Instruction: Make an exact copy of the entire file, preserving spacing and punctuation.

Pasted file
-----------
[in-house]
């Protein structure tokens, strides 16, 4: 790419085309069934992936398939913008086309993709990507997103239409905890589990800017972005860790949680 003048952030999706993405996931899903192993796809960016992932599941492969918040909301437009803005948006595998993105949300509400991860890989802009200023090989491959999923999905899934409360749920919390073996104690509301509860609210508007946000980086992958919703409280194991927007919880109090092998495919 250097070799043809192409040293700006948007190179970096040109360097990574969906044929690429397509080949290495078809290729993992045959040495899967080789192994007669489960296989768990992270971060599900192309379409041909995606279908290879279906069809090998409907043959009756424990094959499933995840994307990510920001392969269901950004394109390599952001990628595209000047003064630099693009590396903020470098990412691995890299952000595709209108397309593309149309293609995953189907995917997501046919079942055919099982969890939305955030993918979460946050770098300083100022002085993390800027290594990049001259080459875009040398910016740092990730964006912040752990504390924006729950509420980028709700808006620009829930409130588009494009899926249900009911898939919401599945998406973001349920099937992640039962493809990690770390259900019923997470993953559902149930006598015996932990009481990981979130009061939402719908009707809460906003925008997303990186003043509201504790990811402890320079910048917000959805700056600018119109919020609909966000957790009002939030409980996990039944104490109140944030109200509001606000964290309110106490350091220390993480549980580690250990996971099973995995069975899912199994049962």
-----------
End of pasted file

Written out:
[in-house]
């Protein structure tokens, strides 16, 4: 790419085309069934992936398939913008086309993709990507997103239409905890589990800017972005860790949680 003048952030999706993405996931899903192993796809960016992932599941492969918040909301437009803005948006595998993105949300509400991860890989802009200023090989491959999923999905899934409360749920919390073996104690509301509860609210508007946000980086992958919703409280194991927007919880109090092998495919 250097070799043809192409040293700006948007190179970096040109360097990574969906044929690429397509080949290495078809290729993992045959040495899967080789192994007669489960296989768990992270971060599900192309379409041909995606279908290879279906069809090998409907043959009756424990094959499933995840994307990510920001392969269901950004394109390599952001990628595209000047003064630099693009590396903020470098990412691995890299952000595709209108397309593309149309293609995953189907995917997501046919079942055919099982969890939305955030993918979460946050770098300083100022002085993390800027290594990049001259080459875009040398910016740092990730964006912040752990504390924006729950509420980028709700808006620009829930409130588009494009899926249900009911898939919401599945998406973001349920099937992640039962493809990690770390259900019923997470993953559902149930006598015996932990009481990981979130009061939402719908009707809460906003925008997303990186003043509201504790990811402890320079910048917000959805700056600018119109919020609909966000957790009002939030409980996990039944104490109140944030109200509001606000964290309110106490350091220390993480549980580690250990996971099973995995069975899912199994049962």